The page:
Thursday 10 May 2012


You may recall a March post where we scored some cedar posts which were unsuitable for proper fencing.
Fortunately, 'proper' is a relative term, and fencing they shall become.
Despite their size, the cedar posts are glorious to work with.
They are dry and well seasoned.  The bark is just falling off, so it really takes less than a minute to strip them. 
Normally, fence posts would be eight inches or so. These posts are six and under.
It makes little difference.
The soil is shallow, so they will never be planted well enough to need the additional diameter.

 I have been planning the fence lines for months.
All I needed was to run an actual rope to lay the fence line out.
This helps keep the fence line straight and on track.
Unfortunately, the ground won't always let you place a post where you would like it to go, so the line meanders somewhat.

There was also the matter of the property line again.
This fence will run the border, so it was time to check the numbers and get the compass out.
It's as close as I can get it.
It may not be accurate enough for the suburbs, but out here, a few inches out won't be a problem.

So what do you think I dig post holes with?
A post hole auger?
It's actually an ice auger for fishing, but it does double duty well.
Of course, there can't be any roots, or rocks in the ground or the auger is useless.
It worked for a few holes, but I soon gave up on it.

There are special shovels for this job, but I don't own one.
Besides, I don't think it would work anyways.
Above is my new spade.
The last one died a bitter and spiteful death in my hands.
This land is unforgiving.
The new shovel is a heavy duty tool.

Of course, the spade doesn't really work in the bad spots anyways.
Kira's good trowel came out to work with the serious equipment.
As hateful as it is digging post holes with a trowel, as least it worked.
The smaller blade finds it's way through the smaller stones.
It also allows me to customize the hole to the post.

Without an axe, this job would be impossible.
This area was forest only recently.
The ground is full of roots, large and small.
The wild beating of the sharpened wedge makes short work of pesky roots.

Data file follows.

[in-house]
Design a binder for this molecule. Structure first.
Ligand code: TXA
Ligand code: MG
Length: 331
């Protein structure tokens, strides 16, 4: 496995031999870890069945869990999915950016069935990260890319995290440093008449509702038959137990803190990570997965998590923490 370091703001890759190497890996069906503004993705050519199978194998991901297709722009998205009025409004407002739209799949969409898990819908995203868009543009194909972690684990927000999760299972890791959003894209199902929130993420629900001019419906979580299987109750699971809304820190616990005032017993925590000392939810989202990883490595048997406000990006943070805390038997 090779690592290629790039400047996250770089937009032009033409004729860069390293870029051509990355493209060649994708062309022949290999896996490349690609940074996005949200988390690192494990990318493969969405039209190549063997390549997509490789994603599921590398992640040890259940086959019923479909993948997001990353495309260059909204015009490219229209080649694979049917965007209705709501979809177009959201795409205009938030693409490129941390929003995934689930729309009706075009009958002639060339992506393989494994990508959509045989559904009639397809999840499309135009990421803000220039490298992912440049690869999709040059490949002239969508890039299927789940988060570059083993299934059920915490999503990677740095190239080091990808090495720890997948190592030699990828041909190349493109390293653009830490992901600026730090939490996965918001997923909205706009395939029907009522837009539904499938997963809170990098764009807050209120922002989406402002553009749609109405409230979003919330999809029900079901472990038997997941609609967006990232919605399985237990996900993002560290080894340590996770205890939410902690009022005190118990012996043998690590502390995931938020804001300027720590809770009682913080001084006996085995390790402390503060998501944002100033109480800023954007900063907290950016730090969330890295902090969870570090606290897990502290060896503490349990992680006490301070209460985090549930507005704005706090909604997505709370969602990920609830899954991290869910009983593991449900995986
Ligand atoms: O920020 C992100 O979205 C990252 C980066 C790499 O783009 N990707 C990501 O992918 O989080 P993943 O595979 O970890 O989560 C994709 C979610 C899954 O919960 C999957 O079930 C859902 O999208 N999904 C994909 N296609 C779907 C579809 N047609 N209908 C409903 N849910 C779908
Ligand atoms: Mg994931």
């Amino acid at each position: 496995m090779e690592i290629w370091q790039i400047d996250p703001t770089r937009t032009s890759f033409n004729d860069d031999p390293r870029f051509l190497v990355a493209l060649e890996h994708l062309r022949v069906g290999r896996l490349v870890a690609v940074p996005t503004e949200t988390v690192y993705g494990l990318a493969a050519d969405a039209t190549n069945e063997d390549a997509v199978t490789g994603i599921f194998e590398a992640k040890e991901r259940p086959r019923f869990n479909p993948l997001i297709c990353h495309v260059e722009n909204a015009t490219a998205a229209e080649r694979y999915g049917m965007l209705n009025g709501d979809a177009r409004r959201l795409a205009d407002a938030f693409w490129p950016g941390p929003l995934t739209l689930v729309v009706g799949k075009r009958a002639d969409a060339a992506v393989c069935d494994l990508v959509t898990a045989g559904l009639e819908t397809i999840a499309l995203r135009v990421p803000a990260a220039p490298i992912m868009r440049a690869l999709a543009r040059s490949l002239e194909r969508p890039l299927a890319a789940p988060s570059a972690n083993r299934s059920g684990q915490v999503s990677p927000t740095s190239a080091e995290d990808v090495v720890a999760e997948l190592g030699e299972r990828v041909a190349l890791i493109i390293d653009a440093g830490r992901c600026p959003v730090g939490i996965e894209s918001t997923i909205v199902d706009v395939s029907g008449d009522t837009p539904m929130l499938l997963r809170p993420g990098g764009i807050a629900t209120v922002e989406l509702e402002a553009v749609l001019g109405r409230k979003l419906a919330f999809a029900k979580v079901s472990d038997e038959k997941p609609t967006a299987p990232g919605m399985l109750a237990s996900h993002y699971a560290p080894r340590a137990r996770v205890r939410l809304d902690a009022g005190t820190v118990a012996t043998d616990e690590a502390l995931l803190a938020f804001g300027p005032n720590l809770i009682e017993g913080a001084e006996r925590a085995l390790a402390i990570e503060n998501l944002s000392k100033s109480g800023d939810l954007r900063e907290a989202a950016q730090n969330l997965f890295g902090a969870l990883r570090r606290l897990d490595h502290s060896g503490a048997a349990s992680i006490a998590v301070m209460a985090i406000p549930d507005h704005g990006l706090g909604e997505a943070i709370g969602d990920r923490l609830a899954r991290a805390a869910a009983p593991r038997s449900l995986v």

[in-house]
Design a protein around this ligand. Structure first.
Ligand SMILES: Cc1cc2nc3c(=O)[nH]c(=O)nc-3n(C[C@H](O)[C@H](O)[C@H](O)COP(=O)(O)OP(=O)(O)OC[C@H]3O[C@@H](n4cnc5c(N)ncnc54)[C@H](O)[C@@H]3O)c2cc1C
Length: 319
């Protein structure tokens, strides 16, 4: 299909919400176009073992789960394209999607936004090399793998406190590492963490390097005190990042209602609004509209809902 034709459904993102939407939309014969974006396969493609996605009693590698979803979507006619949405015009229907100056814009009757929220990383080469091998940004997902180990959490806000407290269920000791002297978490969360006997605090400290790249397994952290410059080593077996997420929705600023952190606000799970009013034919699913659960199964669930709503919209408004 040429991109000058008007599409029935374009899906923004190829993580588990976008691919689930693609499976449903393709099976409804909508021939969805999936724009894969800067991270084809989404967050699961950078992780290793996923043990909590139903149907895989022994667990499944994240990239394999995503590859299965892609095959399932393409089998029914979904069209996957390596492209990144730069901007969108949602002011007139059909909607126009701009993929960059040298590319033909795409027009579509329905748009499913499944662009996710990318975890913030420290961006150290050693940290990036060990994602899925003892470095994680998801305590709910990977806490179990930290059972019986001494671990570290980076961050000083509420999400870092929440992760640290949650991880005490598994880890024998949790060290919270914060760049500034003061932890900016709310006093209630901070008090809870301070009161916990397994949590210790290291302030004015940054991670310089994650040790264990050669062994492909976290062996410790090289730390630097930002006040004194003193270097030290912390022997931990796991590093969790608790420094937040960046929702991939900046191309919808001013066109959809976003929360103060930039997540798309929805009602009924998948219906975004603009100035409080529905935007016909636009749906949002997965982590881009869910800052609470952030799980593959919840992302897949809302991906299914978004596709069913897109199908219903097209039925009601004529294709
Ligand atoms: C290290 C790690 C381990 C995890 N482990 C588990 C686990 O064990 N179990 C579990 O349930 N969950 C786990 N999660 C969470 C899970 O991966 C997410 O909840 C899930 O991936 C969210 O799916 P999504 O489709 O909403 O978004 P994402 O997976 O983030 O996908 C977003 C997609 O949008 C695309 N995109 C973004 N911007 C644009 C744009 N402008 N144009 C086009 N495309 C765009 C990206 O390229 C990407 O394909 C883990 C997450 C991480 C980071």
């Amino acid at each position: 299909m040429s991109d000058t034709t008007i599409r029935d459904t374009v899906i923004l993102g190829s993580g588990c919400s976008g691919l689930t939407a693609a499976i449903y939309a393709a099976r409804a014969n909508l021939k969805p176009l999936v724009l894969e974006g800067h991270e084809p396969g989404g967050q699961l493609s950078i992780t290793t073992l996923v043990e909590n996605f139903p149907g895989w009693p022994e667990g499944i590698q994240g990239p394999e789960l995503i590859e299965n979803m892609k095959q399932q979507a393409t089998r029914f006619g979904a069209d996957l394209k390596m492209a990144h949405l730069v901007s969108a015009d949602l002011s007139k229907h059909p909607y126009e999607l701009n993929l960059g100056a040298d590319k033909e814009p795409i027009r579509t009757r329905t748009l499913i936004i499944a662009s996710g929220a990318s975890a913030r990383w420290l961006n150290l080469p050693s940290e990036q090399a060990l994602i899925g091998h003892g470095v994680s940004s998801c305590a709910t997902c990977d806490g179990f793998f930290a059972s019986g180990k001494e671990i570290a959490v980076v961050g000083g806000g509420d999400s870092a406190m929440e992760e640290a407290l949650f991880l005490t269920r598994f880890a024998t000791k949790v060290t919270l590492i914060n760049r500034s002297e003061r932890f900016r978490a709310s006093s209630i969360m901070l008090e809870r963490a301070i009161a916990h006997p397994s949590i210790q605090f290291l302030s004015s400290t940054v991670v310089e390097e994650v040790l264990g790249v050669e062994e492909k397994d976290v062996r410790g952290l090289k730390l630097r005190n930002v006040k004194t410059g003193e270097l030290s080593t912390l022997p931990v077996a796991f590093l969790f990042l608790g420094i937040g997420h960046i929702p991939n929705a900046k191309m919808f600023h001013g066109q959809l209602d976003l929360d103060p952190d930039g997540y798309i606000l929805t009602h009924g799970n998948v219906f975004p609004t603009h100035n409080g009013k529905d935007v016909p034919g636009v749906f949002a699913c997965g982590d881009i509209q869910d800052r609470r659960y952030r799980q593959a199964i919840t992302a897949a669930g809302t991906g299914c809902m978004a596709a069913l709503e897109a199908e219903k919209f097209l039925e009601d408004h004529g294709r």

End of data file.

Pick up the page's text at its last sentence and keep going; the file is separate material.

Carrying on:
That's funny. 'Pesky' is not the word I would choose while chopping roots.

The sledgehammer?
I just use that when nothing else works.
It usually doesn't either, but it's a wonderful stress reliever.

Because of the shallow post holes, the posts will need bracing here and there.
The corners are usually braced anyways, but in some places, the braces will get elaborate.
This is my first time doing this kind of fencing, but the existing electric fencing was built strong enough to hold on to the heavy stuff I'm using for this job.
Some places have only a few inches of topsoil before there is bedrock.
To build a corner, there needs to be at least three posts with braces top and bottom.
This time, I'll install the fence and then hunt for weaknesses afterwards.
I don't have the time to overbuild unnecessarily.

When the mark falls on a stump, we break out the axe and start beating the .... out of it.
The bonus is that stumps usually cling to a large number of rocks.
It's not unlike an octopus clinging to all of it's worldly possessions.
I have a 'no stump removal' policy in place.
They will rot in time.

I often wonder what the contour of the bedrock is like.
There are times when I am surprised at the depth of soil.
The bedrock rises out of the ground, only to plunge back down again a few feet over.
There are remarkable pockets of deep quality soil in places.
The only way to distinguish soil depth is to dig a hole.
There may be a difference of more than twelve inches within only several feet.
The deep soil is still filled with rocks, but unlike the bedrock, they are removable.

This fence will keep the chickens confined to a yard that they may call their own.
In order for us to have ground fruit, seedlings, and colourful vegetables, we must either fence the plants or fence the chickens.
They will still have a lot of land to roam, but they won't have unlimited access anymore.
Within the compound, there are already apple trees.
There is space for more fruit bearing trees in with the chickens.
The chickens will glean pests and help protect the trees, while the trees will give the chickens shade and the inevitable treats that will fall before we pick them.
This fence will make significant changes to what we will be able to do, and how we lay out the gardens and fruit.
Mixing chickens and fruit trees will be repeated elsewhere if it works out.
It may seem simple enough for farm infrastructure, but the implications are exciting and far reaching.

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